Lucy Barton, quietly-spoken heroine of this tender and sparsely-written novel, found herself in hospital for nine weeks in the 1980s, following complications from having her appendix out. Her daughters are five and six, she misses them desperately but she has been almost abandoned by her husband who has an aversion to hospitals following his father’s death in one. He remains a remote and distant figure, caring for his wife at long-range, arranging for her to have a private room (although this only isolates her further) and contacting Lucy’s long-estranged mother to come and visit. Getting on her first ever plane ride, her mother navigates her way from rural Illinois to downtown Manhattan to sit by Lucy’s hospital bed, refusing all offers of comfort and never appearing to eat or sleep. The five days they spend together, the conversations they have, the silences they share are what makes up this astounding book – a fantastic examination of the meaning of identity, memory and the nature of love itself.
Events are narrated by Lucy from a vantage point of several decades hence, giving the timeline a dream-like feel. Lucy reflects back to her dark childhood overclouded by poverty and other dark episodes left unspoken. Lucy is a writer and was told by a creative writing teacher that you ‘only have one story … you’ll tell your one story in many ways. Don’t ever worry about story. You will have only one.’ Lucy was the first in her family to go to college and which she brings her future husband home to meet the family, her war veteran father is horrified because William is half-German. The marriage takes place and contact with her family shrivels to phone calls with the bare bones of family news, all until she found herself in the hospital and William called to ask her mother come to look after her.Lucy tries to separate her own memories of her past compared to what her mother is prepared to agree or admit to, then also to come to a better knowledge of her own self.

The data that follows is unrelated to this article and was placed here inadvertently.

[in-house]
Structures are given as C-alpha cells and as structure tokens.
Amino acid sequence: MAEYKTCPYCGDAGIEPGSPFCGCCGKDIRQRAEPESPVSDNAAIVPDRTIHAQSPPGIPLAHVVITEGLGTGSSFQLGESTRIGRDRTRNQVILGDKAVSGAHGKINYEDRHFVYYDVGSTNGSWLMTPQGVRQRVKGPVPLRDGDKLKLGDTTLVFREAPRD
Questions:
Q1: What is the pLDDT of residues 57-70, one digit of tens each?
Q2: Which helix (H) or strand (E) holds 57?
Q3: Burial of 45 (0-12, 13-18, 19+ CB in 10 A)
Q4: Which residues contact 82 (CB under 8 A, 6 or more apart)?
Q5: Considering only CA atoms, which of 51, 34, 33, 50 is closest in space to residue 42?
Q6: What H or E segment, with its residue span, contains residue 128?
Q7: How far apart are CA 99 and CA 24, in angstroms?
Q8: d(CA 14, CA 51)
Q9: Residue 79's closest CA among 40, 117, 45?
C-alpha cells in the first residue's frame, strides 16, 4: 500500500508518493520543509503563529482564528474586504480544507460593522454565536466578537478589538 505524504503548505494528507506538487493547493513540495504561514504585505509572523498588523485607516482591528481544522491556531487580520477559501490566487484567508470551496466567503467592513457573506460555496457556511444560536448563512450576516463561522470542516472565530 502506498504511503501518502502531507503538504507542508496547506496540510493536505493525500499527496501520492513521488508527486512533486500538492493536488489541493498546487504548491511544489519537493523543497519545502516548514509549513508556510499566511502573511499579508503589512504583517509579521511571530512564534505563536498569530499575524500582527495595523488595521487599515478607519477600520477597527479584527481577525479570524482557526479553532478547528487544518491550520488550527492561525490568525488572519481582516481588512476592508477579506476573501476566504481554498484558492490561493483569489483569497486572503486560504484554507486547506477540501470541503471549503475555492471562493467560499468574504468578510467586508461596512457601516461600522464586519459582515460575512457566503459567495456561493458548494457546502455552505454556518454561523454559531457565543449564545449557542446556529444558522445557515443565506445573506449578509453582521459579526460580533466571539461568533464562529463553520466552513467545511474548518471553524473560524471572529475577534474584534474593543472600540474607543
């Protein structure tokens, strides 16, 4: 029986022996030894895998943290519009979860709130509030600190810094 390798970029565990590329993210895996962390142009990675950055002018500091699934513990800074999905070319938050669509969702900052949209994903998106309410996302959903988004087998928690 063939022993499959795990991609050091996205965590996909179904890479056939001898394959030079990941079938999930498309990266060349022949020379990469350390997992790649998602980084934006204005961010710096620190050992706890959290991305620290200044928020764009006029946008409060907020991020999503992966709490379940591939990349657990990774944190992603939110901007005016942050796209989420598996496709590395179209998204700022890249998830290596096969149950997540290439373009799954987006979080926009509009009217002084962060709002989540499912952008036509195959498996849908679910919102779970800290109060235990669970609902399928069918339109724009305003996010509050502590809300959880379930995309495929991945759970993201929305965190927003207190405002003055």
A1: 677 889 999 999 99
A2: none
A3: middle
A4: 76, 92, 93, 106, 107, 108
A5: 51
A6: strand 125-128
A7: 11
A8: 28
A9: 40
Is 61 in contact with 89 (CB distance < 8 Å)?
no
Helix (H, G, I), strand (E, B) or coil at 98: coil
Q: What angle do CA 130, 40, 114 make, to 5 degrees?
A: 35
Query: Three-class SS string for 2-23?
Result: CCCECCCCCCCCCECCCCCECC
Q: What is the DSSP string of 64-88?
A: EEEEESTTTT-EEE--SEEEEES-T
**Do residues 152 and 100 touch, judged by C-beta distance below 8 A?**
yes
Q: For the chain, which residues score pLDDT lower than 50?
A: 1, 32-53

In the background is her vaguely described illness, which without the often hastily arranged scans, might be easily mistaken for a kind of Victorian female hysteria. Lucy is attached to her doctor, always pleased to see him and puts rather less confidence in her nurses – her hospital stay has sent her back to childhood once more. Lucy’s mother almost seems like a hallucination – it is odd that she has come all this way after so long, it is doubly odd that she never appears to sleep, drink or eat and then her presence at the end of the bed, reciting a litany of stories which all centre around the theme of failed marriages is oddest of all. She is an eerie presence, displaying an occasional clairvoyance about her daughter’s future – surely representing something about Lucy herself but even Lucy is not quite sure what. Once she is gone, I found myself not quite sure if she had ever been there at all.